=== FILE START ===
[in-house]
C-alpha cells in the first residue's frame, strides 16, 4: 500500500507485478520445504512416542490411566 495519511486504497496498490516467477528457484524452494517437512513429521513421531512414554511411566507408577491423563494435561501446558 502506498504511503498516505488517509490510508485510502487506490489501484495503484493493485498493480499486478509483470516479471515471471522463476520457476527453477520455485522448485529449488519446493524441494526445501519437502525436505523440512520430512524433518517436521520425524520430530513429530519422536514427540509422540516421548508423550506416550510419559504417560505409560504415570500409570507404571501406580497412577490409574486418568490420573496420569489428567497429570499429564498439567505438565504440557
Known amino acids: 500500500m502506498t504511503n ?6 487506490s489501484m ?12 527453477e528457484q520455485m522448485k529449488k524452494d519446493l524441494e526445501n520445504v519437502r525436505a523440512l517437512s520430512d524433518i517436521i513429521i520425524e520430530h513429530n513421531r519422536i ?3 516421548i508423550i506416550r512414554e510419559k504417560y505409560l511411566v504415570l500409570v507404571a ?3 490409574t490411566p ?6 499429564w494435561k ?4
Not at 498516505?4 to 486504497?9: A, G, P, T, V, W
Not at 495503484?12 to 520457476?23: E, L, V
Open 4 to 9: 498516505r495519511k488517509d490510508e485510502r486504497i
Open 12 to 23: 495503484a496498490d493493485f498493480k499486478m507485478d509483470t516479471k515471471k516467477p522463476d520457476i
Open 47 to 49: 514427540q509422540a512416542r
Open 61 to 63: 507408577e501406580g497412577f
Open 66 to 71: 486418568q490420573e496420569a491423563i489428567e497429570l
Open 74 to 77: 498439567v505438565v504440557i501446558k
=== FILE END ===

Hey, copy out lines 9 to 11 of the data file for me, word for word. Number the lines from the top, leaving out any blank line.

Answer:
Open 61 to 63: 507408577e501406580g497412577f
Open 66 to 71: 486418568q490420573e496420569a491423563i489428567e497429570l
Open 74 to 77: 498439567v505438565v504440557i501446558k